Ancient Monuments

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Round cairn with double orthostatic kerb and cist 497m south east of Trewortha Farm

A Scheduled Monument in North Hill, Cornwall

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Latitude: 50.5487 / 50°32'55"N

Longitude: -4.4775 / 4°28'38"W

OS Eastings: 224576.912699

OS Northings: 75039.931698

OS Grid: SX245750

Mapcode National: GBR NF.GV01

Mapcode Global: FRA 17HM.5GX

Entry Name: Round cairn with double orthostatic kerb and cist 497m SE of Trewortha Farm

Scheduled Date: 10 July 1992

Source: Historic England

Source ID: 1009688

English Heritage Legacy ID: 15110

County: Cornwall

Civil Parish: North Hill

Traditional County: Cornwall

Lieutenancy Area (Ceremonial County): Cornwall

Church of England Parish: North Hill

Church of England Diocese: Truro


The monument includes a well-preserved cairn with a double orthostatic kerb
about a central cist, situated near other similar cairns and close to
Prehistoric field systems and settlement sites on the north-western lower
slope of Kilmar Tor on eastern Bodmin Moor.
The cairn survives with an oval mound of heaped rubble, measuring 6m WNW-ESE
by 4.5m NNE-SSW and rising to 0.75m high. A kerb of twelve upright slabs,
called orthostats, is set within the periphery of the cairn at the ESE end of
the mound, defining a circular area 4m in diameter. This outer kerb's
orthostats are almost contiguous with graded heights, the tallest, 1m high,
being situated in the ESE sector with neighbouring orthostats of lesser
heights down to 0.5m. The orthostat at the WSW leans, and has become
displaced, outwards. Within the outer kerb is an almost concentric inner
kerb, 2m in diameter though again with its WSW stone leaning and displaced
outwards by 1m. The inner kerb comprises contiguous edge-set slabs of even
height, 0.5m above the surrounding ground level, matching that of the rubble
which fills the 0.8-1.2m wide gap between the two kerbs. The inner kerb also
prevents the rubble from entering the central area whose general level is
0.3m below the kerb's upper edge. Within the hollowed central area is a box-
like, slab-lined structure called a cist, whose covering slab has become
displaced and tilted into the SW side of the cist's interior. The remainder
of the cist is extensively obscured by soil deposits and vegetation but its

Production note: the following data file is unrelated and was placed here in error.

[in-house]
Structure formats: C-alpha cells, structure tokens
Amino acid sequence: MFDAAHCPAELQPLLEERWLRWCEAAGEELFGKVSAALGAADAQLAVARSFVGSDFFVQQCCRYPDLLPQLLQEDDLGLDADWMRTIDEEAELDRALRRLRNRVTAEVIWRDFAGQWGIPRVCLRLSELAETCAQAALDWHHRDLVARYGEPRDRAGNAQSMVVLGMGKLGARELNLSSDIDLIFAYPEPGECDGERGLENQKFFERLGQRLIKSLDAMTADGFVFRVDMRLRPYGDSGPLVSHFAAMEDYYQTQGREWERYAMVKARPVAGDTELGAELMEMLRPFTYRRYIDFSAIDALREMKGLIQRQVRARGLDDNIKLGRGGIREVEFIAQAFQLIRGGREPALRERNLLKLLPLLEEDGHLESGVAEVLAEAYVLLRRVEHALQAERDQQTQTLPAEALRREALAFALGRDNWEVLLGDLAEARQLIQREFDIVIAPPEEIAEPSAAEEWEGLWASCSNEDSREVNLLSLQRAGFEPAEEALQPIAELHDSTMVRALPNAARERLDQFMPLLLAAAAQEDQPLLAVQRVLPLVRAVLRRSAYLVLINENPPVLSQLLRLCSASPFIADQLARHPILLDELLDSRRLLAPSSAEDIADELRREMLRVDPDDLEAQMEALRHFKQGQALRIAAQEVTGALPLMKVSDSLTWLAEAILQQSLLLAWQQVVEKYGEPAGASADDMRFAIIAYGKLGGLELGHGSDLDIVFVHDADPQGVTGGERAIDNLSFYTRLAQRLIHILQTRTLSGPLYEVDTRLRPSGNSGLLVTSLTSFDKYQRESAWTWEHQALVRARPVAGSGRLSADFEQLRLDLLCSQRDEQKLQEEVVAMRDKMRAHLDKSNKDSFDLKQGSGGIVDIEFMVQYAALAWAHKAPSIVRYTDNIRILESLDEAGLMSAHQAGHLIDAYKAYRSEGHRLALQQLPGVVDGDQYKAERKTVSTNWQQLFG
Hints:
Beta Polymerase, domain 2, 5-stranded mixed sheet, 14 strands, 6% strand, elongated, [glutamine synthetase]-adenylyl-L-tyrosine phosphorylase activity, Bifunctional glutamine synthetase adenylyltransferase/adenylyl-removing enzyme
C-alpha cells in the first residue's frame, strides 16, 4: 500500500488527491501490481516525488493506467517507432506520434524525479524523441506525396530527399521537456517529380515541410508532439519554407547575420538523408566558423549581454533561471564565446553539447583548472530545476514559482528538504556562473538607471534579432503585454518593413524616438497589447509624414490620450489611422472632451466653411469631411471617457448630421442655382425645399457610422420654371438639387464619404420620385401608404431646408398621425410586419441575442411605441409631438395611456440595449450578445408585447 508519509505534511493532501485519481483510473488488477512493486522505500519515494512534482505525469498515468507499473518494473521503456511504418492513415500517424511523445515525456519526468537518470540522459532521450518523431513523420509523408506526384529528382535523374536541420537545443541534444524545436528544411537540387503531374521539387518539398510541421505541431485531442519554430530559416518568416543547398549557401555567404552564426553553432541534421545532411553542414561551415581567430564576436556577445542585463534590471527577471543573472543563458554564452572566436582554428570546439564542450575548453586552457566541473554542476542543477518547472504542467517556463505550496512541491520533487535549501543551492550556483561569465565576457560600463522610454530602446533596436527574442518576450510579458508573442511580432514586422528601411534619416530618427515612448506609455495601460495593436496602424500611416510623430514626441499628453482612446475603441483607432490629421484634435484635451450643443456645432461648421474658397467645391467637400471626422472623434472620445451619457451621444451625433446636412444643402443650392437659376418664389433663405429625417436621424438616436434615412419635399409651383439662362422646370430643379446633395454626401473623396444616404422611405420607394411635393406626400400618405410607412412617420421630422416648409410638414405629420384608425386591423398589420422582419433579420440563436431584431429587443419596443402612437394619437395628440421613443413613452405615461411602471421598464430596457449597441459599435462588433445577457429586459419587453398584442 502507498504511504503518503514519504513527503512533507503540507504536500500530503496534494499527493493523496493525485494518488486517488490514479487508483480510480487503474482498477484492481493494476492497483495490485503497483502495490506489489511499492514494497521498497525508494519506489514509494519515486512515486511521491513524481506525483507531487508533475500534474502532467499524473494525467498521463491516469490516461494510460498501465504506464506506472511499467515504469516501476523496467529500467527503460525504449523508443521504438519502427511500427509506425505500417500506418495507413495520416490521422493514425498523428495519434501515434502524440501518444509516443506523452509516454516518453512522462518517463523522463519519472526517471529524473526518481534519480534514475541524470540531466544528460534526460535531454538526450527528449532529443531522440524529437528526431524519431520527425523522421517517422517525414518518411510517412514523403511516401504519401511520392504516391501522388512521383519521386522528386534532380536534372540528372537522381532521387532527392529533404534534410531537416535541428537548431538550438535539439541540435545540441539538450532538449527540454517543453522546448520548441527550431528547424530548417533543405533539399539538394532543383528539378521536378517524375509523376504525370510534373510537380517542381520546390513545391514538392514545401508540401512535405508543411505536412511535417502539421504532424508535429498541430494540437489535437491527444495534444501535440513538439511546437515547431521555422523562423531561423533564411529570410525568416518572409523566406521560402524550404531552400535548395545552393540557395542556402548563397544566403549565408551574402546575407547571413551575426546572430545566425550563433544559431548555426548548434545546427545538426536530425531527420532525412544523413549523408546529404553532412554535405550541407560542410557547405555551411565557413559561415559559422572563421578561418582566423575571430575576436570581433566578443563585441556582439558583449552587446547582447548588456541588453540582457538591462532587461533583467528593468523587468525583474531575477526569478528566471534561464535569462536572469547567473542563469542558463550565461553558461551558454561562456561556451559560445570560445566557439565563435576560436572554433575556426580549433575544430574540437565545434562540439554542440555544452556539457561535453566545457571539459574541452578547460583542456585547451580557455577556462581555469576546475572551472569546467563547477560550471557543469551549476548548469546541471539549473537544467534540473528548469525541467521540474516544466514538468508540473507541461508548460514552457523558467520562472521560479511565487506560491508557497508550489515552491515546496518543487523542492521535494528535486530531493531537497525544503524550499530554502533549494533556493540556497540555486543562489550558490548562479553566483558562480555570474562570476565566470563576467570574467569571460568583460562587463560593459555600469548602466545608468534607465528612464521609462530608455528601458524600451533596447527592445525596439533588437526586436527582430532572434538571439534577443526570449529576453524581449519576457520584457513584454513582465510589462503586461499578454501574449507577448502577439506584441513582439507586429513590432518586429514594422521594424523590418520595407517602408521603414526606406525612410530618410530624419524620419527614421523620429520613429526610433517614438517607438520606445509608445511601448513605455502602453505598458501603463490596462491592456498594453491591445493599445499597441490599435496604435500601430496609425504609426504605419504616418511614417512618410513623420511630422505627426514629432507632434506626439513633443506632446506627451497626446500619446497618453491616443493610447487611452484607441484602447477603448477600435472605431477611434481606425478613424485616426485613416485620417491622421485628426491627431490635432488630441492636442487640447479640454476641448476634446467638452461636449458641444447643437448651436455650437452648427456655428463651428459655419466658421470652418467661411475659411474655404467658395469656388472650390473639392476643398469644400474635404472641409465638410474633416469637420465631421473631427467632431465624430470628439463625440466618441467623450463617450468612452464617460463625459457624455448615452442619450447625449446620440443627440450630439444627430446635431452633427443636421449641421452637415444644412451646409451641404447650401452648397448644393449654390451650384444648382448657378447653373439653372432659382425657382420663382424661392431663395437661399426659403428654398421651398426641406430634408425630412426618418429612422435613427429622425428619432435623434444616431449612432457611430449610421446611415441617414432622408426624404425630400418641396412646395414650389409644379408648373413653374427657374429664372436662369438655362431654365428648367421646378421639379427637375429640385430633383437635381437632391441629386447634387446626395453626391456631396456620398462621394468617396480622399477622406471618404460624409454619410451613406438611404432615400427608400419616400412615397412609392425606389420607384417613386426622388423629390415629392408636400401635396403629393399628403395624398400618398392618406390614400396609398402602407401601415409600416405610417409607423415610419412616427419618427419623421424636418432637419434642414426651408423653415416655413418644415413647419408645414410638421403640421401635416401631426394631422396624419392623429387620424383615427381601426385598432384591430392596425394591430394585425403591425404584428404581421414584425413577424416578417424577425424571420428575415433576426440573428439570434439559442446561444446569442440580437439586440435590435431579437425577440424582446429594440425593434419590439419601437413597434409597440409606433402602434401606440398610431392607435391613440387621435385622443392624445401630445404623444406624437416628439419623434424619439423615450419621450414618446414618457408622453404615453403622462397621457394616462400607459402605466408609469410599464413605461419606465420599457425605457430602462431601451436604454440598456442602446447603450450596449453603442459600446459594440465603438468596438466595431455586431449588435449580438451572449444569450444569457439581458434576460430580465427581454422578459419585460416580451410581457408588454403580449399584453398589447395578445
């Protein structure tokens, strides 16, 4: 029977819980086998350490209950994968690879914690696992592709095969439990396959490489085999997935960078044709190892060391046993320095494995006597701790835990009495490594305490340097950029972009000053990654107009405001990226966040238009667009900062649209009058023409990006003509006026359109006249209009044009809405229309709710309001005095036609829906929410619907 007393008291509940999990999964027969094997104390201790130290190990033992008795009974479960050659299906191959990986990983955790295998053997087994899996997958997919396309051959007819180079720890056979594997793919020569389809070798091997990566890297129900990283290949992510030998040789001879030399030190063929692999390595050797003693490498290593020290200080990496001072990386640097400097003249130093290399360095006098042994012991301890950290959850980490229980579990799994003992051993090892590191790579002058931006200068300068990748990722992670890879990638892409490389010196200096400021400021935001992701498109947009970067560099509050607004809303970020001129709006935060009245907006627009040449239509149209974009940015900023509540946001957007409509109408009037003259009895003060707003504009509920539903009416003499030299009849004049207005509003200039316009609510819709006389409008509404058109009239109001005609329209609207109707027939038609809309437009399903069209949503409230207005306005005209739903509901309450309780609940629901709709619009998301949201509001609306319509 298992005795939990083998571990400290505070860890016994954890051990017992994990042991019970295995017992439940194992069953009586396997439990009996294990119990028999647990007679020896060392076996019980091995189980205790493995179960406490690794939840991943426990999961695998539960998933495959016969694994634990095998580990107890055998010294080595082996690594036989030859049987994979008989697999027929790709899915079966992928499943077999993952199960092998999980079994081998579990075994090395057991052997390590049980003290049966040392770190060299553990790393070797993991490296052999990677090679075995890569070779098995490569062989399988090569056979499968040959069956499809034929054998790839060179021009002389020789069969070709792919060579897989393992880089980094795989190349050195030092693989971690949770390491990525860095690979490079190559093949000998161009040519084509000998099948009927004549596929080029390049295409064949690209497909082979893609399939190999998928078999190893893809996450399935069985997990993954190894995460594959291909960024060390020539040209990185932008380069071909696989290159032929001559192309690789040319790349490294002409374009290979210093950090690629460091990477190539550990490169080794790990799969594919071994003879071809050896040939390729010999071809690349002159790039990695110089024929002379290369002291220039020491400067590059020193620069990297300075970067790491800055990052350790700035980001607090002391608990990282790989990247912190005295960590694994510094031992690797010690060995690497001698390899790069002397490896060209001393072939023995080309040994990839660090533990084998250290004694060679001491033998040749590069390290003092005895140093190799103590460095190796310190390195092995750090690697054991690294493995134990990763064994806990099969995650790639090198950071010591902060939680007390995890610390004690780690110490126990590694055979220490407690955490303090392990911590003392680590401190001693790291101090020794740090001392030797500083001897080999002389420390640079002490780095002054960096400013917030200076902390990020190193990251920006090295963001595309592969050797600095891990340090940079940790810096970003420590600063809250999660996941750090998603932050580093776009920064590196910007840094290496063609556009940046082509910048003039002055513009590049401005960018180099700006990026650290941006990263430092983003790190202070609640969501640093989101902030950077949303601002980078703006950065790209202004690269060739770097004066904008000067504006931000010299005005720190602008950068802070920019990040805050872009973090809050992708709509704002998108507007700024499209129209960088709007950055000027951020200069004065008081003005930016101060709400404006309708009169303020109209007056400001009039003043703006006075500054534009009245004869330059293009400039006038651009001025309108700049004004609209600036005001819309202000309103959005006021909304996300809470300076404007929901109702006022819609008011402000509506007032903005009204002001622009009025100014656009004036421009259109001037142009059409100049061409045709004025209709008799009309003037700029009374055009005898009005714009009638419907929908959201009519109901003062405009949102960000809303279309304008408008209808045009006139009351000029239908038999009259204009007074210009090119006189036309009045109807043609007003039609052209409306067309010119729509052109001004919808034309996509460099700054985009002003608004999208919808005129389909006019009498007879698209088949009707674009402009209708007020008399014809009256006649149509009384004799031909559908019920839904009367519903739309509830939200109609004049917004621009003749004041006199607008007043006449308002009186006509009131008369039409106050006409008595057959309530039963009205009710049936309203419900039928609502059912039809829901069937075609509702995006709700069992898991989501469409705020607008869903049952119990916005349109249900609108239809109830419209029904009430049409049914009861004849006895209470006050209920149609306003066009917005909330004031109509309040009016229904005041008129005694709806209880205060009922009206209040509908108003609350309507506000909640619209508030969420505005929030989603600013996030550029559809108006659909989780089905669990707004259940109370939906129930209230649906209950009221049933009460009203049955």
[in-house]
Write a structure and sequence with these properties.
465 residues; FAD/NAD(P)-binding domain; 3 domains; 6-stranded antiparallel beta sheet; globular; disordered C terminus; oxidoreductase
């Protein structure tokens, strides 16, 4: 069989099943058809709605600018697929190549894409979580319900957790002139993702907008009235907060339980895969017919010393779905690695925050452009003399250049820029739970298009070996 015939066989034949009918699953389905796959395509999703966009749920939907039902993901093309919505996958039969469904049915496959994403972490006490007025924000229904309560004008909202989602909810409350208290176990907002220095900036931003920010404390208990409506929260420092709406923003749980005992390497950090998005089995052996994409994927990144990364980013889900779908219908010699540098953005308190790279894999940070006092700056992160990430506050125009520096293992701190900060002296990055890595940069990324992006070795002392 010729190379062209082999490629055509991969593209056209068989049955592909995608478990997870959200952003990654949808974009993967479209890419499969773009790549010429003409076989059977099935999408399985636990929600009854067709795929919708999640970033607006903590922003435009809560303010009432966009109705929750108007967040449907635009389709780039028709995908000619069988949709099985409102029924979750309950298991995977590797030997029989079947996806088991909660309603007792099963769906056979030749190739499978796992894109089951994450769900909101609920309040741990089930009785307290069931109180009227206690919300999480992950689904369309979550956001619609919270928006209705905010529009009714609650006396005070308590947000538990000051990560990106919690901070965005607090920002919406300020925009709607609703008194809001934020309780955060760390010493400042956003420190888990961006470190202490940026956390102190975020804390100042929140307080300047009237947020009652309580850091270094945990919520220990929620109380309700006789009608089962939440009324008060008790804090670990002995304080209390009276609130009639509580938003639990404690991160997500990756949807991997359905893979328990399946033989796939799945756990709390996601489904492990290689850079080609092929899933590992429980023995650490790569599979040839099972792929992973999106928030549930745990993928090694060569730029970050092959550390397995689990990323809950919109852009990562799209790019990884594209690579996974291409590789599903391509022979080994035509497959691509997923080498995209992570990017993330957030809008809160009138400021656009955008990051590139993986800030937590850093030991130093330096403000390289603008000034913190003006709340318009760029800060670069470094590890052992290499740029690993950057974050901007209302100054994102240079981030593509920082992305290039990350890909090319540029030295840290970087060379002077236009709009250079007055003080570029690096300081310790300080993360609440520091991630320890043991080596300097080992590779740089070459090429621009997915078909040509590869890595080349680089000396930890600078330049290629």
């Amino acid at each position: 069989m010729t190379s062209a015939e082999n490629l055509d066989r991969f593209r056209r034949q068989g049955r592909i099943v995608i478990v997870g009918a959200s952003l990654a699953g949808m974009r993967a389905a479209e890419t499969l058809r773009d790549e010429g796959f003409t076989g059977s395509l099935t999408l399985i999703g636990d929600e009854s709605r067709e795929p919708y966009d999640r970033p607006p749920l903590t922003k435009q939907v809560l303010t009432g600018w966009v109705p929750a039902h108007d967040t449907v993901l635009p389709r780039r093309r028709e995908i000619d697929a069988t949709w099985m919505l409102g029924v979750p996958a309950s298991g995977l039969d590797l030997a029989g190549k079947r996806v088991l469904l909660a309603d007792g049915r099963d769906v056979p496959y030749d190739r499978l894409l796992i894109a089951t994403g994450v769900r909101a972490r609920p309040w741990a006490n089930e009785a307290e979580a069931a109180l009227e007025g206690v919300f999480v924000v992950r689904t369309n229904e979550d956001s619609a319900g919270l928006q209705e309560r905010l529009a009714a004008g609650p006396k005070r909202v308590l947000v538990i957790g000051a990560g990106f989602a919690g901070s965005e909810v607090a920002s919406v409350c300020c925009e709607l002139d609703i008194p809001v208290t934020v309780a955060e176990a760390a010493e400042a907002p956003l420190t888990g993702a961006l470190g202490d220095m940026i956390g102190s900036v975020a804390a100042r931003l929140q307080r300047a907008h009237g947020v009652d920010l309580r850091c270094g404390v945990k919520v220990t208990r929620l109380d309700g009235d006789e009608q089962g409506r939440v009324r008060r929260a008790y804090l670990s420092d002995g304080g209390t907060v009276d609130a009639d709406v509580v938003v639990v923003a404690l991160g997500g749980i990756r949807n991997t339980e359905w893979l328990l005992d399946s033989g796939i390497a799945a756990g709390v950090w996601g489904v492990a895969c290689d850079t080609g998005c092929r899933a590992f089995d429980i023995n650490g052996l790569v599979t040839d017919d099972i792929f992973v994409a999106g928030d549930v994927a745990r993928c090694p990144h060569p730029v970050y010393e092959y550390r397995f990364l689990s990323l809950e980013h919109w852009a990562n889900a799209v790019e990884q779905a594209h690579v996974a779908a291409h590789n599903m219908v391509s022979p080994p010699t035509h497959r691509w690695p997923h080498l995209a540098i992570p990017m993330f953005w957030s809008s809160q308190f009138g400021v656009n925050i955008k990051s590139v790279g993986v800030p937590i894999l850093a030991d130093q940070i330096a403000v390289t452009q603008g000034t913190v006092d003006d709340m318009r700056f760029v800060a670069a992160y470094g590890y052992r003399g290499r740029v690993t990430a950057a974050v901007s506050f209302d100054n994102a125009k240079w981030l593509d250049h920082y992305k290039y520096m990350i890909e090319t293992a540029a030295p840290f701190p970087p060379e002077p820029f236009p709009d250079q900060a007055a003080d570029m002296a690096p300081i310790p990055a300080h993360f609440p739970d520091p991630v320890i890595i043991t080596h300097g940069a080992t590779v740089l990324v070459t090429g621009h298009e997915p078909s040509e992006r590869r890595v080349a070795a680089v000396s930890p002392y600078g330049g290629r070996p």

lining slab on the NNE long side is visible, surviving at least 1.3m long and
0.5m deep. The covering slab is sub-rectangular, measuring 1.4m by 0.75m and
0.35m thick.

The site of the monument is shown on the attached map extract.
It includes a 2 metre boundary around the archaeological features,
considered to be essential for the monument's support and preservation.

Source: Historic England

Reasons for Scheduling

Bodmin Moor, the largest of the Cornish granite uplands, has long been
recognised to have exceptional preservation of archaeological remains. The
Moor has been the subject of detailed archaeological survey and is one of the
best recorded upland landscapes in England. The extensive relict landscapes of
prehistoric, medieval and post-medieval date provide direct evidence for human
exploitation of the Moor from the earliest prehistoric period onwards. The
well-preserved and often visible relationship between settlement sites, field
systems, ceremonial and funerary monuments as well as later industrial remains
provides significant insights into successive changes in the pattern of land
use through time. Round cairns are funerary monuments covering single or
multiple burials and dating to the Bronze Age (c.2000-700 BC). They were
constructed as mounds of earth and stone rubble up to 40m in external diameter
but usually considerably smaller; a kerb of edge-set stones sometimes bounds
the edges of the mound. Burials were placed in small pits, or on occasion
within a box-like structure of stone slabs called a cist, let into the old
ground surface or dug into the body of the cairn. Round cairns can occur as
isolated monuments, in small groups or in larger cemeteries. Their
considerable variation in form and longevity as a monument type provides
important information on the diversity of beliefs, burial practices and social
organisation in the Bronze Age. They are particularly representative of their
period and a substantial proportion of surviving examples are considered
worthy of preservation.

This cairn on Kilmar Tor has survived well, displaying several unusual
features, notably the combination of an oval mound, intact partly orthostatic
kerbs and a well-preserved cist. There is no evident or recorded disturbance.
It is not considered that the cist was originally covered by much more mound
material than at present. Though it is likely that the cist's contents were
removed when the cover slab was displaced, this is by no means certain in this
instance and no antiquarian trenching is apparent. The cairn will also retain
intact its other sub-surface features, including any other burial deposits.
This cairn's proximity to broadly contemporary settlement sites and funerary
monuments of various types demonstrates well the organisation of land use and
the diversity of funerary practices during the Bronze Age.

Source: Historic England


Books and journals
Trahair, J E R, 'Cornish Archaeology' in A survey of cairns on Bodmin Moor, , Vol. 17, (1978)
consulted 9/1991, Carter, A./RCHME, 1:2500 AP transcription for SX 2475,
consulted 9/1991, Cornwall SMR entry for PRN 1012.01,
consulted 9/1991, Cornwall SMR entry for PRN 1012.02,
consulted 9/1991, Cornwall SMR entry for PRN 1012.05,
consulted 9/1991, Cornwall SMR entry for PRN 1077,
consulted 9/1991, Cornwall SMR entry for PRN 1288,

Source: Historic England

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